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Author Topic: School of the boat for 11-11-08 (torpedo tubes Part 2)  (Read 7746 times)
Darrin
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« on: November 11, 2008, 08:30:02 PM »

Okay folks,
Before we put the buggy before the horse when it comes to water slugs and maintenance of these incredible pieces of equipment of the submarine that made the japanese empire crumble and fear that the submarines of the US Navy were in their area and hunting THEM!

We need to talk about the basics about these tubes and what they did...  SO with this weeks school of the boat we are going to talk about a chapter that is easy yet so intriguing in my opinion because once you get an understanding of these tubes you can sink a ship in a matter of seconds if your TM's screw something up....

With that being said we are going to talk about the breech and muzzle door operation and the associated equipment to load and fire the weapons that JT was so nice to inform you about Wink

HAPPY VETERAN'S DAY ALL!!!!

and of course good luck to all who wish to participate in these School of the Boat's and for hopefully for those who come after these Schools have run their course.
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JTheotonio
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« Reply #1 on: November 12, 2008, 07:39:58 AM »

Is this a "breech" of contract? Roll Eyes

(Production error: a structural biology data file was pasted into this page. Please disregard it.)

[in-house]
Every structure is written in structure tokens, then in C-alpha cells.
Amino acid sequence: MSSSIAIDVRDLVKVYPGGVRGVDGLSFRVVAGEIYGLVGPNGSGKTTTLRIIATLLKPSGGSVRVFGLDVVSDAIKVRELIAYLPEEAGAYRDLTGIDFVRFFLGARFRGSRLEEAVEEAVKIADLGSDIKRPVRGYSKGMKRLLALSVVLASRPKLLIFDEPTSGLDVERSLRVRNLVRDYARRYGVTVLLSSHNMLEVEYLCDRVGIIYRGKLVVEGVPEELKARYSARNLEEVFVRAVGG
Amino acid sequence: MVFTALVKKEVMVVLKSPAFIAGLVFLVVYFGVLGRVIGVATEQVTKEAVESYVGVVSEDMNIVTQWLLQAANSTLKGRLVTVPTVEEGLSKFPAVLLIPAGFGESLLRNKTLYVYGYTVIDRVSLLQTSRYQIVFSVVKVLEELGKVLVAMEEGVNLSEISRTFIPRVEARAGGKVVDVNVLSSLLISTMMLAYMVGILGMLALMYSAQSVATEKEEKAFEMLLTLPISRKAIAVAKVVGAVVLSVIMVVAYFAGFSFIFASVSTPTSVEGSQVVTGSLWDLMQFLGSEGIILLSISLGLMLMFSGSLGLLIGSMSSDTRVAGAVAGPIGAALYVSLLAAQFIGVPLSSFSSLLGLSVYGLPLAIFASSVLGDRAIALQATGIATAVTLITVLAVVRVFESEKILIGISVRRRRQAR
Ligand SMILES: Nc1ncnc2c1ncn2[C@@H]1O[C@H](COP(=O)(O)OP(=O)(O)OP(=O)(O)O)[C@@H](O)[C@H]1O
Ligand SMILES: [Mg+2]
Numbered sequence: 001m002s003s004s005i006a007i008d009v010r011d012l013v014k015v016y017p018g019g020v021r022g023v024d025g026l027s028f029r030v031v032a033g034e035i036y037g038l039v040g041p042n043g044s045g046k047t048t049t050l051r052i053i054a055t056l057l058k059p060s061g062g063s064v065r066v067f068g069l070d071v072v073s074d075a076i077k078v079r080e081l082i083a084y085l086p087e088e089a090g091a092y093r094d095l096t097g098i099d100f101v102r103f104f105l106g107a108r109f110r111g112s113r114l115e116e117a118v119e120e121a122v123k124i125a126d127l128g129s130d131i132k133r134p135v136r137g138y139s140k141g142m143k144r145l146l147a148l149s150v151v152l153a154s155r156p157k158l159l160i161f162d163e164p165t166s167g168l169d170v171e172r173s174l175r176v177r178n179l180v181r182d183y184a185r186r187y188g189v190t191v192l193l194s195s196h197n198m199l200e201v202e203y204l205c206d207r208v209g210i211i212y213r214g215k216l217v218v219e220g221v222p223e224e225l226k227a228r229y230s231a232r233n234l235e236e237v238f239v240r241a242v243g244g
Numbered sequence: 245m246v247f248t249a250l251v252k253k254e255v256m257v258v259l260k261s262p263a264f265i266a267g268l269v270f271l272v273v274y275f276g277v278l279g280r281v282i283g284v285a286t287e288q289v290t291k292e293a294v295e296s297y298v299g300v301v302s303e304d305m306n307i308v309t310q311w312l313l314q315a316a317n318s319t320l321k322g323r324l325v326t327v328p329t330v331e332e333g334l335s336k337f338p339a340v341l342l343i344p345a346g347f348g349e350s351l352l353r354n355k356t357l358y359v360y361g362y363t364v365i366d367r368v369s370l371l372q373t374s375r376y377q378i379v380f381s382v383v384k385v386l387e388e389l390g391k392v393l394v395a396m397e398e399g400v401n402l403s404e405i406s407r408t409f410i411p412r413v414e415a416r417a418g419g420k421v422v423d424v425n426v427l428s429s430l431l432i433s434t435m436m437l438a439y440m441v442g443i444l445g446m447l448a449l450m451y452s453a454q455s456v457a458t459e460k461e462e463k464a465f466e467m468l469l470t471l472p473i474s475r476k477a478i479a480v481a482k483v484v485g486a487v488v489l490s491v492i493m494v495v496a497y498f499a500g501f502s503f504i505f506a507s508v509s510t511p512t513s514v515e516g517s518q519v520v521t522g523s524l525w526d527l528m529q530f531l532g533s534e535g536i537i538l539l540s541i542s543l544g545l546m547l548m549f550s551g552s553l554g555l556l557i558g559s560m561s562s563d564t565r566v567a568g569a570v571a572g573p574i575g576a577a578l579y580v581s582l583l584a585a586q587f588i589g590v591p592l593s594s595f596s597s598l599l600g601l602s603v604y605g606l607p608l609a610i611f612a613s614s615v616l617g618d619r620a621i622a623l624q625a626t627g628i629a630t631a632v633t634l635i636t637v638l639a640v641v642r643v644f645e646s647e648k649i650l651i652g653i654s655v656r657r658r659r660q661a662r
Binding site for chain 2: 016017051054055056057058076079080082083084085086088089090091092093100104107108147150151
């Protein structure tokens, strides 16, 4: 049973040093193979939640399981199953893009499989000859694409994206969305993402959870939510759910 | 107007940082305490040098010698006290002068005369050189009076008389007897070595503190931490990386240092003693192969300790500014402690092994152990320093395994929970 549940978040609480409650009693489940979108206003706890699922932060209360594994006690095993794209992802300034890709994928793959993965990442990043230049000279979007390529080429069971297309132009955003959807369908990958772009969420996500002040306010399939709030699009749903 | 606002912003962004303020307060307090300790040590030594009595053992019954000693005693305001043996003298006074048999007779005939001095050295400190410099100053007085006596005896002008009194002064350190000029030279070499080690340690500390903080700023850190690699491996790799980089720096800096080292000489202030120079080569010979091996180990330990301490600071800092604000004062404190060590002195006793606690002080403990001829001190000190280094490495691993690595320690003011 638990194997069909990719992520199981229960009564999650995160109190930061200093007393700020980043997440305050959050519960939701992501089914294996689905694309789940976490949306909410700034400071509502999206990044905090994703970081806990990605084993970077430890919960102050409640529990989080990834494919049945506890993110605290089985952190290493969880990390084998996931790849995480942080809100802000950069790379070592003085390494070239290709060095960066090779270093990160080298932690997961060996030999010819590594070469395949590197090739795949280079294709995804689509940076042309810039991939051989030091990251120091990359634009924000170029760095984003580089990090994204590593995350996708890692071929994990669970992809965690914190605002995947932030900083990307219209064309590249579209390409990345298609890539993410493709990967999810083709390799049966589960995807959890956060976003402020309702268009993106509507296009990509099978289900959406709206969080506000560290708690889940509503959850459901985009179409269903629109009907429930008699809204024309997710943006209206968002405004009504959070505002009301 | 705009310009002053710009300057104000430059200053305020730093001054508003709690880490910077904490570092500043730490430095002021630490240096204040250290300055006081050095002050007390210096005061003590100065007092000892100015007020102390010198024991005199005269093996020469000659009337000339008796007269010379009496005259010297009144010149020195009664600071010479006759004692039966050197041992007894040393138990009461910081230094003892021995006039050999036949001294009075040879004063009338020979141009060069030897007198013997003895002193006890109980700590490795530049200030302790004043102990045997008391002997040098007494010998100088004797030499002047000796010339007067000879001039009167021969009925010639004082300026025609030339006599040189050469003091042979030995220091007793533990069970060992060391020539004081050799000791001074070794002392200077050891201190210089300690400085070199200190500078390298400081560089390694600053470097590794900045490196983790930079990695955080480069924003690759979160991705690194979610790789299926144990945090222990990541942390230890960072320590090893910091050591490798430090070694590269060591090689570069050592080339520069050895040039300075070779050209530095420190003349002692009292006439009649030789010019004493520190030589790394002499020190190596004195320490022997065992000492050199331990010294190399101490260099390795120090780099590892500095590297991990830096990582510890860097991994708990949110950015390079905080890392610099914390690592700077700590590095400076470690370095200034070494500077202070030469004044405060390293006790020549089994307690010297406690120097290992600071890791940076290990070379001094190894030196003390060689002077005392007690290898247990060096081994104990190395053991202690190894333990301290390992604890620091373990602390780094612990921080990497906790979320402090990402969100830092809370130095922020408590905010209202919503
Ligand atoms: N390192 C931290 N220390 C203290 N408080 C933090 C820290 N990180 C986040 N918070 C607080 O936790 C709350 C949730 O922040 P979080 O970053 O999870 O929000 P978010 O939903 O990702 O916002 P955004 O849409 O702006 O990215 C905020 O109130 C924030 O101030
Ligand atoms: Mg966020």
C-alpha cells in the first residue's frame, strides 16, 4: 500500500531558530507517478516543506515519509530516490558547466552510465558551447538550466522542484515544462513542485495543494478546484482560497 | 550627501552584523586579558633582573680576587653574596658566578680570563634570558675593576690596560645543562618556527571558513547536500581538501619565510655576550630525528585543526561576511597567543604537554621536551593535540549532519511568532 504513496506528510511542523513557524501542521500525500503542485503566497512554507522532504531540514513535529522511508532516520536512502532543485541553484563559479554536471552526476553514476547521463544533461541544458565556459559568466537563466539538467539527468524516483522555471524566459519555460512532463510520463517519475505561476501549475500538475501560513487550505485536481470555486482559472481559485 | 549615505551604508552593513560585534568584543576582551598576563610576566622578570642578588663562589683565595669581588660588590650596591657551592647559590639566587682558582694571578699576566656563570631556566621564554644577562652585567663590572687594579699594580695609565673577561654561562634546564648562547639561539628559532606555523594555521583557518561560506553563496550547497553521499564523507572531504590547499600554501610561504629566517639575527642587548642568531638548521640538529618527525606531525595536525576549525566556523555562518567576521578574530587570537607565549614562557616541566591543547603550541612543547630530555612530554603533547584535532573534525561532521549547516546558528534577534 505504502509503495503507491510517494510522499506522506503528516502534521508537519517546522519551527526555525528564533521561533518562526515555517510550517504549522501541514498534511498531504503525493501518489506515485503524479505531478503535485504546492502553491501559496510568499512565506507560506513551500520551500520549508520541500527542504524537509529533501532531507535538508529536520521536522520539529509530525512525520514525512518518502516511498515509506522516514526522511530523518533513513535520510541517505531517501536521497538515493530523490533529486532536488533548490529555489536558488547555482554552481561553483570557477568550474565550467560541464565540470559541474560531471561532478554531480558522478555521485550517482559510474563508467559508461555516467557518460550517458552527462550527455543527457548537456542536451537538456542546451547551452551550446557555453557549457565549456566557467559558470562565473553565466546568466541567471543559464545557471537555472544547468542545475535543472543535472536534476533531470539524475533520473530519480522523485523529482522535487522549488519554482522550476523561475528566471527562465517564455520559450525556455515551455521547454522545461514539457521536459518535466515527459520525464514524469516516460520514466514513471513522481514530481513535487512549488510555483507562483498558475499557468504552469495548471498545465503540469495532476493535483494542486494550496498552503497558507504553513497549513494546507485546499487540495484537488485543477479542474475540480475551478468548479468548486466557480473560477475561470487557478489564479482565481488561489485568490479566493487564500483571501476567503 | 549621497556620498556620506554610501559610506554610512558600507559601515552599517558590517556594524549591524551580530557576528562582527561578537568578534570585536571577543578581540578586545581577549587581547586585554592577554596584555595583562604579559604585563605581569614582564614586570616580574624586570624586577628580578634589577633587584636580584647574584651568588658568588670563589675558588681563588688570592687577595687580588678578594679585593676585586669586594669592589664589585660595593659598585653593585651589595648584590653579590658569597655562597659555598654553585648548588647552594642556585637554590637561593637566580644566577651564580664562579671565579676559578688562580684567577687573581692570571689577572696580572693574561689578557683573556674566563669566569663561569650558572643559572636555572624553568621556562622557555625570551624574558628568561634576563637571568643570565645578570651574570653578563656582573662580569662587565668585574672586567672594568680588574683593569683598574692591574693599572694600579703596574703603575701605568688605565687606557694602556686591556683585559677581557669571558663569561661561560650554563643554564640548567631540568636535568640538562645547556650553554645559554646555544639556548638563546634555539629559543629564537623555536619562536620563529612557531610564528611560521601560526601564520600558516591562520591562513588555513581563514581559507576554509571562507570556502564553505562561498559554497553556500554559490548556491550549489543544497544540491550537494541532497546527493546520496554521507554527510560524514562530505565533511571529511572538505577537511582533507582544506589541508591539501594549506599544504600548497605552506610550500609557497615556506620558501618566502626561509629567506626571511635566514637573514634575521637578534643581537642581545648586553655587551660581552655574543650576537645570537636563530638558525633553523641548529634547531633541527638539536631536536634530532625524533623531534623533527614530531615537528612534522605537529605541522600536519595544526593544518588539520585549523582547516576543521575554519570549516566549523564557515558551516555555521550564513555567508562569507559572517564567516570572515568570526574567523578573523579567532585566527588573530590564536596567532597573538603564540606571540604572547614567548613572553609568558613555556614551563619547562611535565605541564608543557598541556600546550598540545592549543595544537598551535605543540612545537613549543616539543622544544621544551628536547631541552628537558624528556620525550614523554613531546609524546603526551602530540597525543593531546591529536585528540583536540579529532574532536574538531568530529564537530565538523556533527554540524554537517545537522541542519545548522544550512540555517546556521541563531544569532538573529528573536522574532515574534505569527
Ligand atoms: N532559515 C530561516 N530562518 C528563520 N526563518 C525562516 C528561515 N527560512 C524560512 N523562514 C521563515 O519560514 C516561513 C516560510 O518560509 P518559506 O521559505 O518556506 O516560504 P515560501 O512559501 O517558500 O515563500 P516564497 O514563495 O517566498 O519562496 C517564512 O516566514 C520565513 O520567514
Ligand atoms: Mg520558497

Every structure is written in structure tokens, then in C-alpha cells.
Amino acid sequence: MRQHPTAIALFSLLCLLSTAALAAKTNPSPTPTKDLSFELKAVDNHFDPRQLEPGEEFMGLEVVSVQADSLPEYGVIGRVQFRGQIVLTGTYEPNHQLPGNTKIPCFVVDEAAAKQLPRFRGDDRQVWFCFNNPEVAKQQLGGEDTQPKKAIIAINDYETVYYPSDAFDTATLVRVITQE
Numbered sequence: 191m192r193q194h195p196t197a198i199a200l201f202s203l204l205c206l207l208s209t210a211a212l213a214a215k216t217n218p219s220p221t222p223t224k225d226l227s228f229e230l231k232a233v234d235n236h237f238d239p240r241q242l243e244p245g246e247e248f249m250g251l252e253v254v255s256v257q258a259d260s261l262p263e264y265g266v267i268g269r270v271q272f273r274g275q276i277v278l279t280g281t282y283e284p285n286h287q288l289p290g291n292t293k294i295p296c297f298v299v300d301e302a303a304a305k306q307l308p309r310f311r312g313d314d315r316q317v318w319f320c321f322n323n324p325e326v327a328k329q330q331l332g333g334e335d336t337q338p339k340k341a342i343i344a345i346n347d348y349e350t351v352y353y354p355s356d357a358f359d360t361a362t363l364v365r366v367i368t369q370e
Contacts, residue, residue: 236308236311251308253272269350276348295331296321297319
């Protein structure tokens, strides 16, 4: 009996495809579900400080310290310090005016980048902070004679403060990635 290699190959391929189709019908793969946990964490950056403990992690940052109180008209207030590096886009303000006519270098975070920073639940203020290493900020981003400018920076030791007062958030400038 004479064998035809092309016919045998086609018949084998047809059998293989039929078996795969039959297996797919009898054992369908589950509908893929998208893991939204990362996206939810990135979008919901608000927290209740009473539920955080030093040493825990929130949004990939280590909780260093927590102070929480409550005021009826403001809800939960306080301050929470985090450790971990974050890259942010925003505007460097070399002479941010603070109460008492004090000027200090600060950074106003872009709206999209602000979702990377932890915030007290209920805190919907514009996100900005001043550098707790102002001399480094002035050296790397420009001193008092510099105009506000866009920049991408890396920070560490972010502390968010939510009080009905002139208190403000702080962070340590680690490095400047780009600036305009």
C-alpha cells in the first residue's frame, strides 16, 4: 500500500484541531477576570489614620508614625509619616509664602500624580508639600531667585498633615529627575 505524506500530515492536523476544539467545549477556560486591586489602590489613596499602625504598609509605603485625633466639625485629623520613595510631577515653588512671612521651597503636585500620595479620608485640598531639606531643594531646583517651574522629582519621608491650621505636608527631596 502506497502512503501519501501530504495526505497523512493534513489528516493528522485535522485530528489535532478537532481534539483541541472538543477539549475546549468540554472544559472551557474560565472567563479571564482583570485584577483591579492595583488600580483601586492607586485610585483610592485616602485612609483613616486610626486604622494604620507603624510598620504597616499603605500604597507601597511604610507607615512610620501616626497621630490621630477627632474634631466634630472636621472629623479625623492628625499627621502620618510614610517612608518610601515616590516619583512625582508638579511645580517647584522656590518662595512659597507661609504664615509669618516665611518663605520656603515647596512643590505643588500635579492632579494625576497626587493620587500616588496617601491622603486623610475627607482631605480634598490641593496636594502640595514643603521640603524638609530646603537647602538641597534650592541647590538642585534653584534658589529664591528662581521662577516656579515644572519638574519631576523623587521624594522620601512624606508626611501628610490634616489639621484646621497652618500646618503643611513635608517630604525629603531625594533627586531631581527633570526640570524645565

We barely "breeched" the subject of those wonderful 21" submerged torpedo tubes. smitten
(There is a difference between tubes used on surface craft, those on submarines.) crazy2
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From the Forward Torpedo Room

John
JTheotonio
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« Reply #2 on: November 14, 2008, 07:25:31 AM »

come on guys - they're big round brass things.  Anyone have a spare? I'd sure like to have one down in my submarine room!
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John
Mark Sarsfield
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« Reply #3 on: November 14, 2008, 11:10:48 AM »

I'll try to make a reply by COB today (not Chief of the Boat).
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Regards,
Mark Sarsfield
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"If you have one bucket that can hold 5 gallons and one bucket that can hold 2 gallons, how many buckets do you have?" - IQ test from Idiocracy
etkfixr
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« Reply #4 on: November 14, 2008, 07:34:03 PM »

Okay, I'll take the first whack at it.  Loading: the tubes are loaded the way God intended, with ropes and pulleys and the sweat of manly men.  There is one set of ropes and pulleys to push the torpedo in and another to act as a snubber, to keep it under control.  The ropes reverse purpose to pull a torpedo out for servicing.  The torpedo has a guide on top that mates with a slot in the top of the tube, the torpedo goes in until it hits the torpedo stop.  The breech door is manually operated and serves three purposes, it keeps the sea water out when the muzzle door is open, it contains the impulse air charge so that it pushes the torpedo out and it has a torpedo tail stop to hold the torpedo against the forward stop.  The muzzle door is hydraulically operated, manually in an emergency and the two doors are interlocked so they don't open at the same time.  Somebody else jump in off the ropes for the tag and take it from here.  Terry